Postman’s article really resonated with my day to day reality, as I have recently come to realize how we can be either masters or slaves of technology. Reading his interpretation of technology and its effects, I realized how readily I surrender to new technologies without necessarily weighing their outcomes, and how I am now, as a result, almost incapable of imagining my life without technology. Isaac Assimov’s statement “I do not fear computers. I fear the lack of them” has become a daily reality. Work and play have become intrinsically linked to the technology that I use. I think a technophobe might take issue with this, but in many ways, we’re dependant on certain technologies now (and have been since our birth): electricity, motor transportation, running water.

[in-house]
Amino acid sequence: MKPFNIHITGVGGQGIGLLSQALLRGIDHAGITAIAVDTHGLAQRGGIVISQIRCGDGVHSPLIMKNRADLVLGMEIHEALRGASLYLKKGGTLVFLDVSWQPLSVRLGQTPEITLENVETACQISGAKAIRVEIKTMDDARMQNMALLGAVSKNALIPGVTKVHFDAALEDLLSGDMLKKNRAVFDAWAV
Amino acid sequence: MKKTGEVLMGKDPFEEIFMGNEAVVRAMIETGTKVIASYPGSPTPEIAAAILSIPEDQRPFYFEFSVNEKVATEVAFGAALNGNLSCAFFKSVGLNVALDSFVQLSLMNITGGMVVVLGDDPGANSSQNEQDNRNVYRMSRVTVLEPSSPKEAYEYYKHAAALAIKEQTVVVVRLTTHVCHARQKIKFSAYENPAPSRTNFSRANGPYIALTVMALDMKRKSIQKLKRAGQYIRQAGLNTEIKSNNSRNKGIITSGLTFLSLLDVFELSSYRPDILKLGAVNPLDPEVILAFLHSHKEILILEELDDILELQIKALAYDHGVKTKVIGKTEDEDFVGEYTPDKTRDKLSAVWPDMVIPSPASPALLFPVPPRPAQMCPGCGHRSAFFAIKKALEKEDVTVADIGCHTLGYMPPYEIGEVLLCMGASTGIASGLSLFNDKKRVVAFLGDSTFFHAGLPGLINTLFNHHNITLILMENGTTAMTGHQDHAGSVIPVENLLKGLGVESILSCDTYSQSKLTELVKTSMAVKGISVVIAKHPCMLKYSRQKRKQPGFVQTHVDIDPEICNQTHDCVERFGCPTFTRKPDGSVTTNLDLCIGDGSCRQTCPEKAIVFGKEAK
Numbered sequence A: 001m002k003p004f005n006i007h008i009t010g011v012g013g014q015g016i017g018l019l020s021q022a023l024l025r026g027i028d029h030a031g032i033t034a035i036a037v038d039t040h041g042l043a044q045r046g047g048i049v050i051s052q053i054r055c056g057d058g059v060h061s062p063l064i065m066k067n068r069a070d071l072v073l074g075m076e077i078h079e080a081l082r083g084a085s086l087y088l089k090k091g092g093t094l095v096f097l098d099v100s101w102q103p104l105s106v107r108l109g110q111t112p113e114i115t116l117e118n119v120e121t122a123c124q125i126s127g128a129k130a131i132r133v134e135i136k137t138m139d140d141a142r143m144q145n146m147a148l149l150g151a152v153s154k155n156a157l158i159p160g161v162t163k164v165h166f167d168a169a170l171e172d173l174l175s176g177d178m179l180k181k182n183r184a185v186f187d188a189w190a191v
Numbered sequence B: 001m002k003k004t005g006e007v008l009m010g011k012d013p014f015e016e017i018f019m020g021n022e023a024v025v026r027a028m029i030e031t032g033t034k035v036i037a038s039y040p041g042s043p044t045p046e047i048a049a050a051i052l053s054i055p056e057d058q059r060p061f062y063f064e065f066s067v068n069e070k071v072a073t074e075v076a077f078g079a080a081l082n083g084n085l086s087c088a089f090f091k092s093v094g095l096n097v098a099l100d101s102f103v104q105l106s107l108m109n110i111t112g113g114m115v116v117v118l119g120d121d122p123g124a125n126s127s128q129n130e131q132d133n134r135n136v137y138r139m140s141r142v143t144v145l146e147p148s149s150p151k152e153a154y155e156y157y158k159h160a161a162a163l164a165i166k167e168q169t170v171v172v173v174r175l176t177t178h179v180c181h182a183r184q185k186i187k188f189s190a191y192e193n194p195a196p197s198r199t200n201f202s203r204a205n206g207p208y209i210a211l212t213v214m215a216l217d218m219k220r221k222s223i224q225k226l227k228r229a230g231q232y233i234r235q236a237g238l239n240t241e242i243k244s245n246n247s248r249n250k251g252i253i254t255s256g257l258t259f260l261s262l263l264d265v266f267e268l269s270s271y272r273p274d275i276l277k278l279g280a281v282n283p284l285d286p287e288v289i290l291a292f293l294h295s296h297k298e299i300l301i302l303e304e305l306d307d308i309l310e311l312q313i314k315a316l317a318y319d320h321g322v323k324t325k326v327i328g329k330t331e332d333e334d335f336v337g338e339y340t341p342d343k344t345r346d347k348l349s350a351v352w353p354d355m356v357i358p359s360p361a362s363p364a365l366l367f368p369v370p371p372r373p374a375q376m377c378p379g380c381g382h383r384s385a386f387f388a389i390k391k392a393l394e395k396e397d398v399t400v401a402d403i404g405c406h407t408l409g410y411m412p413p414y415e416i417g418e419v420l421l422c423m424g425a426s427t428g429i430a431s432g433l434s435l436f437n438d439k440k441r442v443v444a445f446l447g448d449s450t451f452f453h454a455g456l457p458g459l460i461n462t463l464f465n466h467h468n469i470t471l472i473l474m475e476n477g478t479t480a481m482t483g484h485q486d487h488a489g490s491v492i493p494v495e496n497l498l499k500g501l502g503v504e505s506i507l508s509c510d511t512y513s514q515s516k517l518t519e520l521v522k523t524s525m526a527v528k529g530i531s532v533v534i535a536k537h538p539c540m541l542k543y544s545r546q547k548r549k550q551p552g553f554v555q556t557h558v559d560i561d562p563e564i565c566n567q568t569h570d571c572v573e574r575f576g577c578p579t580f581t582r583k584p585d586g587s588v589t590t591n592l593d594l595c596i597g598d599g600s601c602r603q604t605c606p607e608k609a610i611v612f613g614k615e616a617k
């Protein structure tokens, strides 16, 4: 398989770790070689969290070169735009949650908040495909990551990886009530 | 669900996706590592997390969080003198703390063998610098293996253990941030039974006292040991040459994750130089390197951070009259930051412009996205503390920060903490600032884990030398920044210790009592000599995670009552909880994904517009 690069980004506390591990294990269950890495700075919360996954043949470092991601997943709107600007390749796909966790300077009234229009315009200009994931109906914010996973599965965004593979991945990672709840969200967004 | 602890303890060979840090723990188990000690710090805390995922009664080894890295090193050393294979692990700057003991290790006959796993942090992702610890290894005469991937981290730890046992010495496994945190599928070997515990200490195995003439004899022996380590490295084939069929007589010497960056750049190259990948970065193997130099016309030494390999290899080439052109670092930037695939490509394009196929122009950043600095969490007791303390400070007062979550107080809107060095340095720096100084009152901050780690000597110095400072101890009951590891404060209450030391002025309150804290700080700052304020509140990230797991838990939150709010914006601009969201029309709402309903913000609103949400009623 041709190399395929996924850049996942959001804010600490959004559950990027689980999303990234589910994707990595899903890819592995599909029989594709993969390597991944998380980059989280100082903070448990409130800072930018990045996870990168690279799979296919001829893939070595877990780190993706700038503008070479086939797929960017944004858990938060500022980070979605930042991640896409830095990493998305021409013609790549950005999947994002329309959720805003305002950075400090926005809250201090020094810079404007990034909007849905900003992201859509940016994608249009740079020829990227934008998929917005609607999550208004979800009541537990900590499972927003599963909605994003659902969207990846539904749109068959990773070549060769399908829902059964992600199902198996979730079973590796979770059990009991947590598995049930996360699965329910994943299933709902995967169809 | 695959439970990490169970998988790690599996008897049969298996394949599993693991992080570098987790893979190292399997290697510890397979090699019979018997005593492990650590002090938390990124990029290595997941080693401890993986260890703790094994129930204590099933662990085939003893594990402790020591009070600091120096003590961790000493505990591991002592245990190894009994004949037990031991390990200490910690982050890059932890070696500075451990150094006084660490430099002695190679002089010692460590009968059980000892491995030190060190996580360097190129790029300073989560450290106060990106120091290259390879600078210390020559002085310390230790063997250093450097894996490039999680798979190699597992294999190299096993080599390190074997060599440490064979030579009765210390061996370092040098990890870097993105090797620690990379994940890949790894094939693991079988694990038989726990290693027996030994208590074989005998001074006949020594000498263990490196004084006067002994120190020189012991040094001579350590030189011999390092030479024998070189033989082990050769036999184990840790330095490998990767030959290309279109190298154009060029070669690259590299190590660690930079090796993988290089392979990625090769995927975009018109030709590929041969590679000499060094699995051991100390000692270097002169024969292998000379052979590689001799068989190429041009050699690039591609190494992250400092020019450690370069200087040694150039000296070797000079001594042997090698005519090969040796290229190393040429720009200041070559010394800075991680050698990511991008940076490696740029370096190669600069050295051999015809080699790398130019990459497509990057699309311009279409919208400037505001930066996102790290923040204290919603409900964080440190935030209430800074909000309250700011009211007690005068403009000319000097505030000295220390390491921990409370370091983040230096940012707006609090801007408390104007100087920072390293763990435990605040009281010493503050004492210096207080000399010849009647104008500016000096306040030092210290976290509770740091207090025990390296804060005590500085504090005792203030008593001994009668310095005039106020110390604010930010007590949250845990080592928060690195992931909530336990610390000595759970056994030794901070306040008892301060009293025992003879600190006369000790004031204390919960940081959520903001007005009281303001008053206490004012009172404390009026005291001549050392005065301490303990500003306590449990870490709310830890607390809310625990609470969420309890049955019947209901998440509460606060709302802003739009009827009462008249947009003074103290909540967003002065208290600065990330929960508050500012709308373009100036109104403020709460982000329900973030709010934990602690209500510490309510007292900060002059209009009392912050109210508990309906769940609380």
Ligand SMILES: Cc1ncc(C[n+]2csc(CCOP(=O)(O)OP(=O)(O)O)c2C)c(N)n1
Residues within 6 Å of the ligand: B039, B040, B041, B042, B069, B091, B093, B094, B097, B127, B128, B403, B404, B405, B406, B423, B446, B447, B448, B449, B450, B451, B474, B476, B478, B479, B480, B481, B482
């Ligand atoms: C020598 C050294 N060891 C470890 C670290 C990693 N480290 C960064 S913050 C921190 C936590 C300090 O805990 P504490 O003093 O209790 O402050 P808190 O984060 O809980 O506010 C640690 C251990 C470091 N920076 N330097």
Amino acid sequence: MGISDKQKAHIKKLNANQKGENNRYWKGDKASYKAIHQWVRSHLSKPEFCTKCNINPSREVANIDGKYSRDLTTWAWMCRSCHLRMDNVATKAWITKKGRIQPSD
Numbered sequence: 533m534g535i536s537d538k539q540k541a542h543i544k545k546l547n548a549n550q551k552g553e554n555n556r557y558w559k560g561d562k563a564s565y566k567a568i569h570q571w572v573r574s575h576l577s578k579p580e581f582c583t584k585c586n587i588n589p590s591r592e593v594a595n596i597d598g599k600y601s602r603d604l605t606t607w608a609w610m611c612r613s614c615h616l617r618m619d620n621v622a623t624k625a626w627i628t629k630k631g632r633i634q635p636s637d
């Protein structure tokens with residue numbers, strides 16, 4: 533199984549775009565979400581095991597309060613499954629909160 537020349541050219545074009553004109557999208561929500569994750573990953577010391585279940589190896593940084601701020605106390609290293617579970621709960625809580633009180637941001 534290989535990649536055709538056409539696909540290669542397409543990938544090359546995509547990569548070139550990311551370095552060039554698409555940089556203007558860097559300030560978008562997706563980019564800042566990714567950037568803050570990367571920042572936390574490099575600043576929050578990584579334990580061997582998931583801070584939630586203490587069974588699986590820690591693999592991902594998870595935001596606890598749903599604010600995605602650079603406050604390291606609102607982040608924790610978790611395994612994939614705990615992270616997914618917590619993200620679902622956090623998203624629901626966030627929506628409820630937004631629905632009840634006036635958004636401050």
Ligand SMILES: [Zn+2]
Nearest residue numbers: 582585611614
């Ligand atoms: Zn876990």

Considering Postman’s pessimistic view of technology, it will be interesting to see whether the next generation comes to depend on certain technologies much in the same way we have always depended on electricity and running water, and whether this will somehow ‘corrupt’ them, as Thamus claimed writing has our memories.
Postman, N. (1992). Technopoly: The surrender of culture to technology. New York: Vintage Books.